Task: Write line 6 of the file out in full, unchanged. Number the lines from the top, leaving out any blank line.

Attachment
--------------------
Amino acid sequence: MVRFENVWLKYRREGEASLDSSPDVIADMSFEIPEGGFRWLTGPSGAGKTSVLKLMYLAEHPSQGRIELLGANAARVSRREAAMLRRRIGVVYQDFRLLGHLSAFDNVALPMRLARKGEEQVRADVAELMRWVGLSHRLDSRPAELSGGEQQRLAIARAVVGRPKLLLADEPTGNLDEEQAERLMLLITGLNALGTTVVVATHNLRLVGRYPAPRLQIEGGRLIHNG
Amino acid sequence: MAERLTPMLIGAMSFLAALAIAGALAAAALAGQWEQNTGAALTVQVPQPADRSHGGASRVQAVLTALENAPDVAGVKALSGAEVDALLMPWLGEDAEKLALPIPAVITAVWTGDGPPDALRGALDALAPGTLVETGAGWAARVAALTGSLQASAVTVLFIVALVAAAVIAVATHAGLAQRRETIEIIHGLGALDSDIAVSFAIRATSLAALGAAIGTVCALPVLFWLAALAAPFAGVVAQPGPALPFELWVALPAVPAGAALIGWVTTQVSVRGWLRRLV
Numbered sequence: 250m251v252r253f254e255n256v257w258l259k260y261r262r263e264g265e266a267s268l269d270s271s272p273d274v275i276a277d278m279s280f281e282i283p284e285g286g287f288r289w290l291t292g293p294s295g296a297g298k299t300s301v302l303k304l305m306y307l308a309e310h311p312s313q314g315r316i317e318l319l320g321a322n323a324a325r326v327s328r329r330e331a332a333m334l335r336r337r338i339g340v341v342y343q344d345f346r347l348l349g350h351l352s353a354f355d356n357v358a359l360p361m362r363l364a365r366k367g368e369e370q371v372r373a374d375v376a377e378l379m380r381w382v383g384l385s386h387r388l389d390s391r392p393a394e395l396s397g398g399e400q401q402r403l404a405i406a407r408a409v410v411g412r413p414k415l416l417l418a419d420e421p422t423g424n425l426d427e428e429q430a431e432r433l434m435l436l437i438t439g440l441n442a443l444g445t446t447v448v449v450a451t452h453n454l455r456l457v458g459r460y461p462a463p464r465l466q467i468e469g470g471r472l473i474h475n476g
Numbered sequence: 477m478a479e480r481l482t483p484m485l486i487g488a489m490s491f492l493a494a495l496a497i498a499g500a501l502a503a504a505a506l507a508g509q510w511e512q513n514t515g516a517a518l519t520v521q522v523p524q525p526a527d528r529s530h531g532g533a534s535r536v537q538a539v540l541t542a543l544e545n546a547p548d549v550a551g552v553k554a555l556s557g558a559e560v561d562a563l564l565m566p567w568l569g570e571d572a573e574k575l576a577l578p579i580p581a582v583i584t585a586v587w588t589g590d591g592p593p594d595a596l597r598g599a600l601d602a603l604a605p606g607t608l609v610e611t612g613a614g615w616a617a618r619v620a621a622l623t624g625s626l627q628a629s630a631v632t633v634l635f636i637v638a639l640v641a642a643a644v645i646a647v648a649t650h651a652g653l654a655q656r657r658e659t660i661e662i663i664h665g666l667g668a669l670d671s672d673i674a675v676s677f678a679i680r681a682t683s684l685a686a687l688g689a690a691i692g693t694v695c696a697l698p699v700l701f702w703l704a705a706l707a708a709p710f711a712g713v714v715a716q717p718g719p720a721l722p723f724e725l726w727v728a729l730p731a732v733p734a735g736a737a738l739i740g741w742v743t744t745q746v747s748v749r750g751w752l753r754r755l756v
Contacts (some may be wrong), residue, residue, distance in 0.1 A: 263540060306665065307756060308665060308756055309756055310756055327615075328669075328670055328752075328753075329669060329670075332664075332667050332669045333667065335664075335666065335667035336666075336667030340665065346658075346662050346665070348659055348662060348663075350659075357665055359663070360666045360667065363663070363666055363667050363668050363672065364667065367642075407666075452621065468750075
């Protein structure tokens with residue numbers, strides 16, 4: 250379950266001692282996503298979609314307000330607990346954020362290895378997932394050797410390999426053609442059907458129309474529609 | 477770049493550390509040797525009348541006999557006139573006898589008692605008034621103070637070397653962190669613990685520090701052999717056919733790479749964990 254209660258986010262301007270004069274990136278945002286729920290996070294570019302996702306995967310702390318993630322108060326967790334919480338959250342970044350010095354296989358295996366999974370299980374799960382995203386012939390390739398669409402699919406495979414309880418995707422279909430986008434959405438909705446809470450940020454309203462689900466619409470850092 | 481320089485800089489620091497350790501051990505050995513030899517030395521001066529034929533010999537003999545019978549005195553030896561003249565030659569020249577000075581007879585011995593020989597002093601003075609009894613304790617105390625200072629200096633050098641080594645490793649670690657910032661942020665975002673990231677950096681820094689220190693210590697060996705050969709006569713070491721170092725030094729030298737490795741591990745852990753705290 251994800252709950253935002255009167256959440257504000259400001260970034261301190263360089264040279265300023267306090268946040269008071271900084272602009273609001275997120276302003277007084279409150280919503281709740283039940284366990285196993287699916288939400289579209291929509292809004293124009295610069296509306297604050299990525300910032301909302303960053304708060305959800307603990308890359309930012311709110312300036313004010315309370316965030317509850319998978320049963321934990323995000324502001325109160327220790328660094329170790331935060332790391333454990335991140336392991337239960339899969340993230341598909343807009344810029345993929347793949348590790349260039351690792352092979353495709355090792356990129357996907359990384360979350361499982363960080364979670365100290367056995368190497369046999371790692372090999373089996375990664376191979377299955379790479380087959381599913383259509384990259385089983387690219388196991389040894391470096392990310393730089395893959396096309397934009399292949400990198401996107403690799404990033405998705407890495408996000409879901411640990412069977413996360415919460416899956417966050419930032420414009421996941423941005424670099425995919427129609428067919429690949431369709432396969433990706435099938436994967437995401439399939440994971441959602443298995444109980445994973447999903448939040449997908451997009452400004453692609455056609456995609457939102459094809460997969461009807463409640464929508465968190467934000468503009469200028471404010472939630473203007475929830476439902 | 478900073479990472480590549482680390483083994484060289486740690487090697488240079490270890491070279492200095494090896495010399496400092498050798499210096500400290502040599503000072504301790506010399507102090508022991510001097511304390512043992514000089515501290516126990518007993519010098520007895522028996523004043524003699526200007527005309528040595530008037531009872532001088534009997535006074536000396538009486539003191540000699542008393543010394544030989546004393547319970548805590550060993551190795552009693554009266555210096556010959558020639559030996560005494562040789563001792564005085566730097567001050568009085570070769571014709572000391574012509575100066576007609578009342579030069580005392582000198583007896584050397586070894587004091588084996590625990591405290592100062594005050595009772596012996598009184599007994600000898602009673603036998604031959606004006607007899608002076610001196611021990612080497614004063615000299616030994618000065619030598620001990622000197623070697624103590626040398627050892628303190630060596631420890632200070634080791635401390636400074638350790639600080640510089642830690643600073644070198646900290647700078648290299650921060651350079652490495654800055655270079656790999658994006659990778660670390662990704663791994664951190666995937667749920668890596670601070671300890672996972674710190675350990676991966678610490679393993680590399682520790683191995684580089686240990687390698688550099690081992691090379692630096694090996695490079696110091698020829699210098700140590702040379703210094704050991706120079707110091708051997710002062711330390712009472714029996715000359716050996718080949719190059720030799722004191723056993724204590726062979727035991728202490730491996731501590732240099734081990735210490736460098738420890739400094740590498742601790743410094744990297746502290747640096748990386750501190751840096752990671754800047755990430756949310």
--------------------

């Protein structure tokens with residue numbers, strides 16, 4: 250379950266001692282996503298979609314307000330607990346954020362290895378997932394050797410390999426053609442059907458129309474529609 | 477770049493550390509040797525009348541006999557006139573006898589008692605008034621103070637070397653962190669613990685520090701052999717056919733790479749964990 254209660258986010262301007270004069274990136278945002286729920290996070294570019302996702306995967310702390318993630322108060326967790334919480338959250342970044350010095354296989358295996366999974370299980374799960382995203386012939390390739398669409402699919406495979414309880418995707422279909430986008434959405438909705446809470450940020454309203462689900466619409470850092 | 481320089485800089489620091497350790501051990505050995513030899517030395521001066529034929533010999537003999545019978549005195553030896561003249565030659569020249577000075581007879585011995593020989597002093601003075609009894613304790617105390625200072629200096633050098641080594645490793649670690657910032661942020665975002673990231677950096681820094689220190693210590697060996705050969709006569713070491721170092725030094729030298737490795741591990745852990753705290 251994800252709950253935002255009167256959440257504000259400001260970034261301190263360089264040279265300023267306090268946040269008071271900084272602009273609001275997120276302003277007084279409150280919503281709740283039940284366990285196993287699916288939400289579209291929509292809004293124009295610069296509306297604050299990525300910032301909302303960053304708060305959800307603990308890359309930012311709110312300036313004010315309370316965030317509850319998978320049963321934990323995000324502001325109160327220790328660094329170790331935060332790391333454990335991140336392991337239960339899969340993230341598909343807009344810029345993929347793949348590790349260039351690792352092979353495709355090792356990129357996907359990384360979350361499982363960080364979670365100290367056995368190497369046999371790692372090999373089996375990664376191979377299955379790479380087959381599913383259509384990259385089983387690219388196991389040894391470096392990310393730089395893959396096309397934009399292949400990198401996107403690799404990033405998705407890495408996000409879901411640990412069977413996360415919460416899956417966050419930032420414009421996941423941005424670099425995919427129609428067919429690949431369709432396969433990706435099938436994967437995401439399939440994971441959602443298995444109980445994973447999903448939040449997908451997009452400004453692609455056609456995609457939102459094809460997969461009807463409640464929508465968190467934000468503009469200028471404010472939630473203007475929830476439902 | 478900073479990472480590549482680390483083994484060289486740690487090697488240079490270890491070279492200095494090896495010399496400092498050798499210096500400290502040599503000072504301790506010399507102090508022991510001097511304390512043992514000089515501290516126990518007993519010098520007895522028996523004043524003699526200007527005309528040595530008037531009872532001088534009997535006074536000396538009486539003191540000699542008393543010394544030989546004393547319970548805590550060993551190795552009693554009266555210096556010959558020639559030996560005494562040789563001792564005085566730097567001050568009085570070769571014709572000391574012509575100066576007609578009342579030069580005392582000198583007896584050397586070894587004091588084996590625990591405290592100062594005050595009772596012996598009184599007994600000898602009673603036998604031959606004006607007899608002076610001196611021990612080497614004063615000299616030994618000065619030598620001990622000197623070697624103590626040398627050892628303190630060596631420890632200070634080791635401390636400074638350790639600080640510089642830690643600073644070198646900290647700078648290299650921060651350079652490495654800055655270079656790999658994006659990778660670390662990704663791994664951190666995937667749920668890596670601070671300890672996972674710190675350990676991966678610490679393993680590399682520790683191995684580089686240990687390698688550099690081992691090379692630096694090996695490079696110091698020829699210098700140590702040379703210094704050991706120079707110091708051997710002062711330390712009472714029996715000359716050996718080949719190059720030799722004191723056993724204590726062979727035991728202490730491996731501590732240099734081990735210490736460098738420890739400094740590498742601790743410094744990297746502290747640096748990386750501190751840096752990671754800047755990430756949310």